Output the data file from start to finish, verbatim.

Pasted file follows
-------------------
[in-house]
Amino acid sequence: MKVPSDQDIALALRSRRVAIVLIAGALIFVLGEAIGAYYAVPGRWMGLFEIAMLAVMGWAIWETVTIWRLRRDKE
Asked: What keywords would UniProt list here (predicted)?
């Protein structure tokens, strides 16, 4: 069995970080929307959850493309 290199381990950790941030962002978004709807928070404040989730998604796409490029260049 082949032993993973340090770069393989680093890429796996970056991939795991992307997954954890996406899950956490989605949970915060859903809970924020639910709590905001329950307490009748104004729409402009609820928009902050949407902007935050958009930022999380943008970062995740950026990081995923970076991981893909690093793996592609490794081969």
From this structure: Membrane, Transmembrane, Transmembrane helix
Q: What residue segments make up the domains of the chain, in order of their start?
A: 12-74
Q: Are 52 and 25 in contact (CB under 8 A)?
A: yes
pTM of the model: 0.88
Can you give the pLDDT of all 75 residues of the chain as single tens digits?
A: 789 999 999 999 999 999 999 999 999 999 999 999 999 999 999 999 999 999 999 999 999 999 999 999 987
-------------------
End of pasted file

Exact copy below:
[in-house]
Amino acid sequence: MKVPSDQDIALALRSRRVAIVLIAGALIFVLGEAIGAYYAVPGRWMGLFEIAMLAVMGWAIWETVTIWRLRRDKE
Asked: What keywords would UniProt list here (predicted)?
């Protein structure tokens, strides 16, 4: 069995970080929307959850493309 290199381990950790941030962002978004709807928070404040989730998604796409490029260049 082949032993993973340090770069393989680093890429796996970056991939795991992307997954954890996406899950956490989605949970915060859903809970924020639910709590905001329950307490009748104004729409402009609820928009902050949407902007935050958009930022999380943008970062995740950026990081995923970076991981893909690093793996592609490794081969």
From this structure: Membrane, Transmembrane, Transmembrane helix
Q: What residue segments make up the domains of the chain, in order of their start?
A: 12-74
Q: Are 52 and 25 in contact (CB under 8 A)?
A: yes
pTM of the model: 0.88
Can you give the pLDDT of all 75 residues of the chain as single tens digits?
A: 789 999 999 999 999 999 999 999 999 999 999 999 999 999 999 999 999 999 999 999 999 999 999 999 987